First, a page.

HDcctv DVR’s. The HDcctv alliance give us more insight into future developements

So we continue with our insight together with Todd Rockoff as to how HDcctv will continue to take market share over the coming months and years. We have already asked some in depth questions about the alliance and the way things are moving forward. Click here to see them. Today we look at HDcctv dvr features and benefits HDcctv PTZ domes and where we can expect to see growth in the foreseeable future. So on with the questions.

9) Todd, have you seen a marked increase in feature rich HDcctv DVRs as
manufacturers start to push for market share. If so, what features do
you think are bringing the most benefit to end users and what features
that we are yet to see should the manufacturers strive to introduce?

TR: HDcctv DVRs exhibit the same general architecture as CCTV DVRs. The fundamental difference is that instead of an analogue-to-digital converters on the inputs, HDcctv DVRs include all-digital, high-speed receivers on their inputs. This means that all of the features evolved over time for CCTV DVRs are typically already available in HDcctv DVRs. From the installer’s or operator’s point of view, an HDcctv DVR works just like a CCTV DVR, except with higher resolution values on the configuration pull-down menus. All of this means that HDcctv equipment is easy both to design and to deploy, with little-to-no learning curve for the seasoned CCTV professional.
One as-yet-unexplored product opportunity is multi-channel video analytics (VA) servers. Most VA solutions today operate on somewhat distorted IP video or in computationally limited cameras. A terrific opportunity exists to deliver a cost-effective, high-performance VA server that accepts multiple channels of HDcctv inputs.
Another important product area is installers’ tools. Specifically, HD field monitors are important for setting up cameras, and in-situ test equipment would be very important for the installer considering an HDcctv retrofit, to be able to answer the question, “Will this cable support HDcctv 1.0, or do I need HDcctv XR, or do I need to pull new cable?” prior to actually installing the HDcctv equipment. HDcctv Alliance Members are working on these tools and more; keep your eye on developments in this area.

10) HDcctv cameras come in many shapes and sizes but is there
companies out there that have developed HDcctv PTZ domes. If so who?

TR: Several HDcctv Alliance Members specialize in PTZ domes, but only EverFocus has so far certified a compliant speed dome. The full list of certified compliant products is maintained at http://www.highdefcctv.org/compliant-product-finder.

11) IMS predictions have shown exponential growth in the sale of
HDcctv solutions across the world but where do you expect to see most
sales to end users taking place.

 

TR: The appeal of HDcctv solutions is very broad based, and it is not inherently limited to any specific geographies or vertical market segments. HDcctv cameras are being deployed everywhere from small retail shops and petrol stations to large, enterprise-connected warehouses, from schools to hotels, from freeways to public plazas, right around the world. As more installers and their customers become aware that HDcctv is an appealing alternative for HD surveillance, and as prices continue to become more attractive, this adoption trend will only accelerate.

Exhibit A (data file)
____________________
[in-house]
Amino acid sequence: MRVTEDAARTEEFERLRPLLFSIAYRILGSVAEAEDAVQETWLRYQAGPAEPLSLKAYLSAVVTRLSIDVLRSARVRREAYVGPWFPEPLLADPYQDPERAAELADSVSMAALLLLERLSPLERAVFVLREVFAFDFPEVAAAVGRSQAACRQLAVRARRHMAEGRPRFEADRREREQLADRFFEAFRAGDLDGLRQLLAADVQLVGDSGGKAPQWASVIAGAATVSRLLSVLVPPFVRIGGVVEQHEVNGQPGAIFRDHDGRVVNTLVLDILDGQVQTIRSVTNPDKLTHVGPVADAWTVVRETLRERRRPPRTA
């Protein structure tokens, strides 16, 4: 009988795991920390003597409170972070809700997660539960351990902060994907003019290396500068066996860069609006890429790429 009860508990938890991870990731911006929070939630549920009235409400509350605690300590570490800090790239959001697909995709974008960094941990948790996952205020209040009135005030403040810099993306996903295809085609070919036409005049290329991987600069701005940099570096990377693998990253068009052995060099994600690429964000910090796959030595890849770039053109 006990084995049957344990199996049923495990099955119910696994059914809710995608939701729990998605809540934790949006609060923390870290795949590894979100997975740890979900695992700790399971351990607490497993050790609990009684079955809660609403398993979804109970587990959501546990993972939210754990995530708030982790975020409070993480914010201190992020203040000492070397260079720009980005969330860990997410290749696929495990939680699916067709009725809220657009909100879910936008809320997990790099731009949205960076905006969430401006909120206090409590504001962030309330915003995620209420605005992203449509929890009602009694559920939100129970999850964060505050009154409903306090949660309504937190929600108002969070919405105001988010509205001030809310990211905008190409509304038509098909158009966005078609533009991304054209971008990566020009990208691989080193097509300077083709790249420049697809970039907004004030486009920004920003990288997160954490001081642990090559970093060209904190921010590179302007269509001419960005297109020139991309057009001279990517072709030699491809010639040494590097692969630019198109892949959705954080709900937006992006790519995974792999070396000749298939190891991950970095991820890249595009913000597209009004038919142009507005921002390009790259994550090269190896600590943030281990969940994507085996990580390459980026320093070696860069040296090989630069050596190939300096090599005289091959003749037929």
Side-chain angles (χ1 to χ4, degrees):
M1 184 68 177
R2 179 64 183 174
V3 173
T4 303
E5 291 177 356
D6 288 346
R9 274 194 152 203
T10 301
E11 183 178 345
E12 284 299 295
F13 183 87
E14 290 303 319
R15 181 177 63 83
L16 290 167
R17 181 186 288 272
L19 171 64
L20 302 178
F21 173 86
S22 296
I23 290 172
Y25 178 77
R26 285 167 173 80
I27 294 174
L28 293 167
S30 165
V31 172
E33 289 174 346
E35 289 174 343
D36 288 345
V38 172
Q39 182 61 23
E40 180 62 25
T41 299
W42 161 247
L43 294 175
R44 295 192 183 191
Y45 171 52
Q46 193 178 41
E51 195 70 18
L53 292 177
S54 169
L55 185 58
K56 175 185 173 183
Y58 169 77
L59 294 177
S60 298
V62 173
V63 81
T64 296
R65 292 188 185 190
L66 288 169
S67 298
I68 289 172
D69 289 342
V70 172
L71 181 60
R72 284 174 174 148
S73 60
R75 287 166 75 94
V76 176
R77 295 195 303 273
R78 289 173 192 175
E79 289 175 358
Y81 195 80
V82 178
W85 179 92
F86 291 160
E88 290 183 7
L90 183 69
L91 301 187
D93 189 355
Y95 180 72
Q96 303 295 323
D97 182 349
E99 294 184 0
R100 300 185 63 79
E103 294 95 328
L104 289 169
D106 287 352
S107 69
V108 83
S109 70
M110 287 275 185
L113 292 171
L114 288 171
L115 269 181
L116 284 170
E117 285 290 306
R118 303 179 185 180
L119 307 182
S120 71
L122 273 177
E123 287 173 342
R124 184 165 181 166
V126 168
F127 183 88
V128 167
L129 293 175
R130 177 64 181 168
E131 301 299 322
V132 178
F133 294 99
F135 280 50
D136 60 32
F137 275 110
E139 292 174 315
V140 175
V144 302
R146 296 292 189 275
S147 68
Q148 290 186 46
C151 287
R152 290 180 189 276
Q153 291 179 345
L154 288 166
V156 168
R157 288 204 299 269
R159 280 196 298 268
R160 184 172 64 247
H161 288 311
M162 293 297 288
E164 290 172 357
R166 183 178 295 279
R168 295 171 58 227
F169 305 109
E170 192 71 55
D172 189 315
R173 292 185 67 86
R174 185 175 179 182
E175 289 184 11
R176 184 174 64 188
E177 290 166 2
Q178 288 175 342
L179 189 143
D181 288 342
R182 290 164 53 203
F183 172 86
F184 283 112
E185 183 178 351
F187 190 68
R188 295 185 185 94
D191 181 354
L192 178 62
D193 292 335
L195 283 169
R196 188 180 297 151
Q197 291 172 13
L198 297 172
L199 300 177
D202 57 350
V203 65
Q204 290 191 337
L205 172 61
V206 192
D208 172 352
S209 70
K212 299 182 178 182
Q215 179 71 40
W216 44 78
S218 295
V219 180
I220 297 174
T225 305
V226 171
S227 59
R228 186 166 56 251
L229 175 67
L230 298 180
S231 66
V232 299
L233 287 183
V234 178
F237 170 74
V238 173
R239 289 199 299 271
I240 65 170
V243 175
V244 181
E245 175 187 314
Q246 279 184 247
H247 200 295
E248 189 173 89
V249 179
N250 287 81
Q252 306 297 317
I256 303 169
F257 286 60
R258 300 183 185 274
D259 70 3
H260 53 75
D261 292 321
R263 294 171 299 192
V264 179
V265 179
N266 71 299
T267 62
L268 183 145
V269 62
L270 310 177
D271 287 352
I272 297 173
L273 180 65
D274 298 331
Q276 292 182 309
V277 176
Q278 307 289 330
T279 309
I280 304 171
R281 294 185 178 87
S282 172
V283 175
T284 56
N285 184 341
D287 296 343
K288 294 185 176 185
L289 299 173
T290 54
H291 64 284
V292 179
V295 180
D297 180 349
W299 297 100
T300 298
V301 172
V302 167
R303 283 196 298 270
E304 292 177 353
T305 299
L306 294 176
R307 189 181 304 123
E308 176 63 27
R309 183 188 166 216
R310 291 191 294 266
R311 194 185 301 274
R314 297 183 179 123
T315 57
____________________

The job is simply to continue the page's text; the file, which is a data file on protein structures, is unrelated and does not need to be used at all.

We have observed that HDcctv solutions tend to be adopted relatively slowly in those markets where the all-IP-cameras proposition has gained significant mindshare. When a tender document specifies that a surveillance system must contain only IP cameras, the system designer does not have the freedom to choose the most cost-effective solution for the application. Ethernet and HDcctv are just local-site video transport technologies, rather than risk mitigation strategies; selection of local-site video transport technology is appropriately an engineering decision. Of course, IP cameras are the right choice for some cameras, but certainly not for all cameras in all projects. A buyer specifying only one type of camera may spend too much, or end up with a system that is not quite fit for purpose. HDcctv adoption has so far been fastest in those markets and applications wherein surveillance system designers are free to select the most cost-effective technologies to address the end buyers’ security concerns on a case by case basis.

12) Recently the BBC ran an article on HD CCTV in the UK and the
threat to privacy this represented. It certainly bought the subject to
the fore here in the UK but what is your thoughts on this article and
is HD a threat or a benefit.

TR: The HDcctv Alliance does not take positions on matters of public policy. Suffice to say that whether or not surveillance is appropriate in a given situation is independent from the local-site video transport technology used. In general, clear surveillance is better surveillance. Clearest video is the value proposition for HD surveillance, and the reason that the worldwide market is migrating to HD video. HDcctv is an appealing way, but not the only way, to deliver HD surveillance.
Integrated CCTV say……..We have a very strong view on this final point. We have seen CCTV mis-sold too many times and know that HDcctv can deliver the right results and can actually achieve what CCTV was originally designed to do all those years ago when it was first introduced into the commercial market place. The only people worried about HD are those being caught by it….. We continue with Todd’s insight into HDcctv with some more probing questions shortly….until then…………………………….

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